Okay, I was in middle school when Dark Angel started airing. The admission, I’m sure, makes me look like an infant or incomprehensibly ancient to most of the people reading this (that’s how people outside of their mid-twenties seem to me as soon as I get context (“You were already in college on 9/11? Were you born in the Great Depression?”). It was the first time that I ever saw Jessica Alba (who is/was super gorgeous, of course—a a super cute classmate in eighth grade had a picture of her on the inside of his locker), and it was apparently created, in part, by James Cameron.
Whose name now gets the James Cameron Song in my head. Thank you, South Park, for being brilliant.
Anyway, at the time, while I was an intelligent middle school student, I was, well, a middle school student. Certain things totally went over my head (which can happen at many ages—when I was eight years old, I did not recognize the gay men or the prostitutes on Batman: The Animated Series). I appreciated some aspects of Dark Angel, but others, well, either did not seem like as big of a deal at the time or escaped my notice.
As an adult, I’ve gone back and watched a few things that I enjoyed when I was much younger. In some cases, things that I treasured when I was younger have turned out to be comically bad. In other cases, they were even better than I had thought. On a whim, I decided to watch Dark Angel (probably just an episode or two) about a month ago, to see what it was like, though I was fairly certain that it would turn out to be just a pretty-lead-actress-beats-up-men-and-shows-some-skin show.
My prediction was incorrect. Like, hot damn, it was incorrect. I ended up watching the entire first season in a fairly short amount of time.
And I’m not going to give you a summary of the show. It’s good. Watch it. If you need to know more than this, read the Wikipedia entry or something.
Dark Angel was surprisingly feminist. Even now, it’s unusual to hear a straight male character on television referred to as a “slut.” It’s accurate about plenty of male heterosexual characters, but a straight guy who sleeps around is still typically referred to as a “stud,” if anything at all. In the pilot, the protagonist casually refers to her straight male friend as a slut—it’s no big deal. Like it should always be in real life.
Dark Angel is filled with feminism, racial diversity, and a kind of awareness that is still unusual now—and was pretty unusual for a show that aired when Clinton was President (not that any of that was President Clinton’s fault, obviously). One of the main characters is a lesbian, and not only is she not characterized as man-hating or butch, she is also not treated—at all—as a sexual object for male viewers. The protagonist, Max (Jessica Alba) is a bit reserved about her sexuality (or, rather, she is hesitant to have meaningless sex), which may be some internalized stigmatization about sex, but this is a character with an awful background. I do not think that she is supposed to be the “role model” for viewers, with her two best female friends (a lesbian and a heterosexual slut) as the “bad examples.” I think that her disposition makes sense for her character and fits into an “it takes all types” world-view.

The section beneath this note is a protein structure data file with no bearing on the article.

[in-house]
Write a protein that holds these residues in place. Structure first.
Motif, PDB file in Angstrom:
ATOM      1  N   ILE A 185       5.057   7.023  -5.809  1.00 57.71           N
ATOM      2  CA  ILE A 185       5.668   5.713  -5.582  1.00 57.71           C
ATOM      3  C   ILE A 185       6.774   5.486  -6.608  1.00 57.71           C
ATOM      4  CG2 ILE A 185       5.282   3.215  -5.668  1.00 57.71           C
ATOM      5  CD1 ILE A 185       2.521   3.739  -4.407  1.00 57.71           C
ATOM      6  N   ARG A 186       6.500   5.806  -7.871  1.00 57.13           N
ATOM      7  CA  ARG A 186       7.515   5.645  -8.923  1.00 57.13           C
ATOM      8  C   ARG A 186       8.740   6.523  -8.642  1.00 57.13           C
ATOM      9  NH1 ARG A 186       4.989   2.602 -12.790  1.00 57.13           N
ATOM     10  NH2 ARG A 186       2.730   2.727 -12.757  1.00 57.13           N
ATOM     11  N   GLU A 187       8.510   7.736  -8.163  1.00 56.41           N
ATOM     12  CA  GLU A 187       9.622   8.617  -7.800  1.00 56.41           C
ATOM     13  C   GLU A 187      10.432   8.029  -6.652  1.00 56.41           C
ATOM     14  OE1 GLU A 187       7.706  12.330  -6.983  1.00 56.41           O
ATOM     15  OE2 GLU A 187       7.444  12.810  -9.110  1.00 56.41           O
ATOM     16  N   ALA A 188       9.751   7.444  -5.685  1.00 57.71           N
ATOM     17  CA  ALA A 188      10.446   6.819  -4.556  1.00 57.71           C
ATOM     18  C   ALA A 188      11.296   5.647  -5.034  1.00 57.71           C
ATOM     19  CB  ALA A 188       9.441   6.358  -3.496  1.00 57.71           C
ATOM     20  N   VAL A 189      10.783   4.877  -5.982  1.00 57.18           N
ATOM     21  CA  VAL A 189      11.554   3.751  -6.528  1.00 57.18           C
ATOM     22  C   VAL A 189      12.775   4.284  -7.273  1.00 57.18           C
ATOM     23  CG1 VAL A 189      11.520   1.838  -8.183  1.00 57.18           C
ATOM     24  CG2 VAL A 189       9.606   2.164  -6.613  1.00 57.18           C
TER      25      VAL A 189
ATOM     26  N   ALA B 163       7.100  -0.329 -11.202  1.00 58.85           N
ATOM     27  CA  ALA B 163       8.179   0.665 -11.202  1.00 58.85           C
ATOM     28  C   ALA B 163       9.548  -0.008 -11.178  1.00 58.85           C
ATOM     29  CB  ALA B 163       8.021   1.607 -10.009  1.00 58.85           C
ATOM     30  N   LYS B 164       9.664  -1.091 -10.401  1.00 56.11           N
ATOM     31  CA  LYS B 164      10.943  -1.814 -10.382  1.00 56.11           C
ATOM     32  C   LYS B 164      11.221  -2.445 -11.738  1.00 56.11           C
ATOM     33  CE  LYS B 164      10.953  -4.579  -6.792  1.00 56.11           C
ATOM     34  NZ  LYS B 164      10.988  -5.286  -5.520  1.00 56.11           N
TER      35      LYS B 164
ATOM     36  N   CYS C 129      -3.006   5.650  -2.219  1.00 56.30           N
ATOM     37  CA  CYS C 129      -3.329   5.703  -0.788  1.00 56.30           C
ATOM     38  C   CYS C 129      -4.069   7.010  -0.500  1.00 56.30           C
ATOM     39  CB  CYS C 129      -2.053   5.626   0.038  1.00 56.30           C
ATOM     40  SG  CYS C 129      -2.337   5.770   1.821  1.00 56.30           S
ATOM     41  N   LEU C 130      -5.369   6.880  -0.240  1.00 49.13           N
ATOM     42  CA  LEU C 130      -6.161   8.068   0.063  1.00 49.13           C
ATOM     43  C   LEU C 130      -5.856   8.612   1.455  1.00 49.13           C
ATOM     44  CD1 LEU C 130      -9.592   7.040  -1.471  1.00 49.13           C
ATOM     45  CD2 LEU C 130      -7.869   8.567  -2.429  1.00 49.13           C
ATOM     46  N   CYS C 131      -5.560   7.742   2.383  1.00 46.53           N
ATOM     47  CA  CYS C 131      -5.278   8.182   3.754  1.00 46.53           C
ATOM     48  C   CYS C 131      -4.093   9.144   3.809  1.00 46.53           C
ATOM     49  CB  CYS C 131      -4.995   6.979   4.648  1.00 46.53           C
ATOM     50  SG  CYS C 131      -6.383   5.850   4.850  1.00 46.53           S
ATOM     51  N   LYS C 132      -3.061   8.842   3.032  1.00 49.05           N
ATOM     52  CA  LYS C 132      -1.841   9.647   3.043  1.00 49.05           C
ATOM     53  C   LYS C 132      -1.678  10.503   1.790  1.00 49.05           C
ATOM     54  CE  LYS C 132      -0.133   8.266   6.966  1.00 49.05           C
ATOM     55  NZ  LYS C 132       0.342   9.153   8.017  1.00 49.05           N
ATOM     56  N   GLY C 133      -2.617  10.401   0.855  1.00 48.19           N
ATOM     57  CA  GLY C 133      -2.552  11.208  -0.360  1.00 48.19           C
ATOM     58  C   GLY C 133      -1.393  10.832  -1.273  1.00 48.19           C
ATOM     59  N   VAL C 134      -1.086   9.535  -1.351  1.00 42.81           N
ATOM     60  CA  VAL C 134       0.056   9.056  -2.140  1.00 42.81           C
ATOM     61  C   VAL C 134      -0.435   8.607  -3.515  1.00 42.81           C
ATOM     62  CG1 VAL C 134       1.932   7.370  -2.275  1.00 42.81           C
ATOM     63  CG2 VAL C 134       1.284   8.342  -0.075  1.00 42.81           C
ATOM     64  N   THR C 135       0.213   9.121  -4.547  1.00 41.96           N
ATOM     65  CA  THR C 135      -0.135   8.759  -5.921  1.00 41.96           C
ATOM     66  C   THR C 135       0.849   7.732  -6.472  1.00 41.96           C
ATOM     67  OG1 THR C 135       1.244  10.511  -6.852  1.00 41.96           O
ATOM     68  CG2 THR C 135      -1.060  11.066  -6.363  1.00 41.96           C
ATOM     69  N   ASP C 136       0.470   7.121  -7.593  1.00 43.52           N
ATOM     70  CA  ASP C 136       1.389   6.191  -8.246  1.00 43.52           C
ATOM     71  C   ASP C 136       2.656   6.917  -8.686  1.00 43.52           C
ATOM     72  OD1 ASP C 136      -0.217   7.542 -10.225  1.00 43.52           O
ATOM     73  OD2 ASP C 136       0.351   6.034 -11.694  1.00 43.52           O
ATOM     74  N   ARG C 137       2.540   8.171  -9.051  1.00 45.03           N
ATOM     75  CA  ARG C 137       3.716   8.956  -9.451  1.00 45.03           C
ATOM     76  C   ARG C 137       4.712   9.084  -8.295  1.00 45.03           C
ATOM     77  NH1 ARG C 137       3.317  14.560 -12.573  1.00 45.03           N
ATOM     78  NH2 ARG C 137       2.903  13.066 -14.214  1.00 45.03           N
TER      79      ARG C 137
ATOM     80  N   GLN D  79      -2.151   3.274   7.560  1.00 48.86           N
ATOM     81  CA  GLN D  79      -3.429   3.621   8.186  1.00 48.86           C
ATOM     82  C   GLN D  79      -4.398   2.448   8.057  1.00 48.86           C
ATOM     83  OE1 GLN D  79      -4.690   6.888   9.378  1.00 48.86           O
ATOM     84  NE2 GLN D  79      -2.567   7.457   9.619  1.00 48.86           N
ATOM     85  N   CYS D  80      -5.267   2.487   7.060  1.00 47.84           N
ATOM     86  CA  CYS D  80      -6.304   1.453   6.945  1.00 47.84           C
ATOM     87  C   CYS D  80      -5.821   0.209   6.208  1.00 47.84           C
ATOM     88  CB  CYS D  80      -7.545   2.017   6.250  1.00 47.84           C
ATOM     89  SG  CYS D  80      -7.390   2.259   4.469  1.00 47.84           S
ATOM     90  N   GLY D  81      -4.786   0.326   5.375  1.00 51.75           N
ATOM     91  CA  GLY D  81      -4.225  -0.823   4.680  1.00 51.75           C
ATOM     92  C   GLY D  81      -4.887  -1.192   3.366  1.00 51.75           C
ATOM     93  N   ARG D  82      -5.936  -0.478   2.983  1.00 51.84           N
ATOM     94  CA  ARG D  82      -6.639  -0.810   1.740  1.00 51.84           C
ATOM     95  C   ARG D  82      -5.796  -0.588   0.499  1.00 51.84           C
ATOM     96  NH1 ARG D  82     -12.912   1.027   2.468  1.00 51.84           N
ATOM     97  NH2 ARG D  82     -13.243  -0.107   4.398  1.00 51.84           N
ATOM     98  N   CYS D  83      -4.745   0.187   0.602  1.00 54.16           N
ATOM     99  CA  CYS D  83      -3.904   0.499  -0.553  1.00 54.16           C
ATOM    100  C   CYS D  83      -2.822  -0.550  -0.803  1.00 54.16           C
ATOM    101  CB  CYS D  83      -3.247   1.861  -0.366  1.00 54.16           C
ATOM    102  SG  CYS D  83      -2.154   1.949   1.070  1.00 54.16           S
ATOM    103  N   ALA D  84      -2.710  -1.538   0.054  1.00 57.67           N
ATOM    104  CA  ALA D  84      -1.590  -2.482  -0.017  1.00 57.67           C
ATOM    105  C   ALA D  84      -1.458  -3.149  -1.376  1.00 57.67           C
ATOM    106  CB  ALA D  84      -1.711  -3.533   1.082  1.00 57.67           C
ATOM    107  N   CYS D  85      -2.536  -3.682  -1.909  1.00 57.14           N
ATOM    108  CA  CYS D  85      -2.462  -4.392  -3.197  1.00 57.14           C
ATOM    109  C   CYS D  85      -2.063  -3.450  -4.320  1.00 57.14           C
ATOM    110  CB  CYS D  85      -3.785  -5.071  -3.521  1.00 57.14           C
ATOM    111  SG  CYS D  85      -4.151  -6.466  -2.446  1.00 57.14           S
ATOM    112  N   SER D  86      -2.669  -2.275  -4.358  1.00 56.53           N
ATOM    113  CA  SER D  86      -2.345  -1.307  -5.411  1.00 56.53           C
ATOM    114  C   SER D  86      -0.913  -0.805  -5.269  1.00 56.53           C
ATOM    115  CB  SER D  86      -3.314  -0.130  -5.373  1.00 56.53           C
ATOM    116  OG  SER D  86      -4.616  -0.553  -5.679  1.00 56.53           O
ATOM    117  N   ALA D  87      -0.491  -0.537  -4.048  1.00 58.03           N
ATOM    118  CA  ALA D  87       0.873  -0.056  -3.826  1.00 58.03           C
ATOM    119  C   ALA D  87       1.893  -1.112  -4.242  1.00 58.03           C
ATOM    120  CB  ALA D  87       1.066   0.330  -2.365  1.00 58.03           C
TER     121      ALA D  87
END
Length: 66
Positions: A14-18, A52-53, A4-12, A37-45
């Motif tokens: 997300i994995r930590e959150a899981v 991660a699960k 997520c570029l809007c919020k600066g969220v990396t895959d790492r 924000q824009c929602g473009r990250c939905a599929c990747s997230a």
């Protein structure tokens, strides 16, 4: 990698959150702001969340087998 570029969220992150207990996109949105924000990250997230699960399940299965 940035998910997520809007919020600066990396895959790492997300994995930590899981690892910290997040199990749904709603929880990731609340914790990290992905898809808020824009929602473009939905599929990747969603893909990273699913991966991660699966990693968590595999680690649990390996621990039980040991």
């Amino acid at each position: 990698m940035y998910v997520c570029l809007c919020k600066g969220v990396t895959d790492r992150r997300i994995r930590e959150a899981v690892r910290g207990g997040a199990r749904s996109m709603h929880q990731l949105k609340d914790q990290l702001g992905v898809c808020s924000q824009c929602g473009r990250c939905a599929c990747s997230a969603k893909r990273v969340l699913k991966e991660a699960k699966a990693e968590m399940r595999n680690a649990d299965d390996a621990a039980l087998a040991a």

Which is awesome.
Max (again, the protagonist, played by Jessica Alba) does kick ass. Which is fun to watch. Seriously. I could watch her beat up soldiers and one-handedly choke pedophiles all. Day. Long.
Her male costar is way handsomer on this show than he is on NCIS (Michael Weatherly), and he is wheelchair-bound for most of the first season. He is also a ten-years-early prediction of Anonymous—in the form of someone who hacks television feeds under the pseudonym “Eyes Only.”
And that’s not the end of the predictions (of a show that aired in 2000 but is set in 2019). Law-enforcement (in this sort of post-apocalyptic setting, which is the result of a major terrorist attack) is assisted by “hoverdrones,” which are unmanned aerial surveillance drones. Does that sound familiar to anyone?
Look, watch the show. It’s not perfect, but it is brilliant. There are two seasons. Plus, you get to have fun identifying actors on it who are much better known now (Jensen Ackles, who plays Dean Winchester on Supernatural, is on an episode, and so is the actress who plays his mother. Also, Pam from True Blood gets dangled off of a balcony by her ankle in the first episode).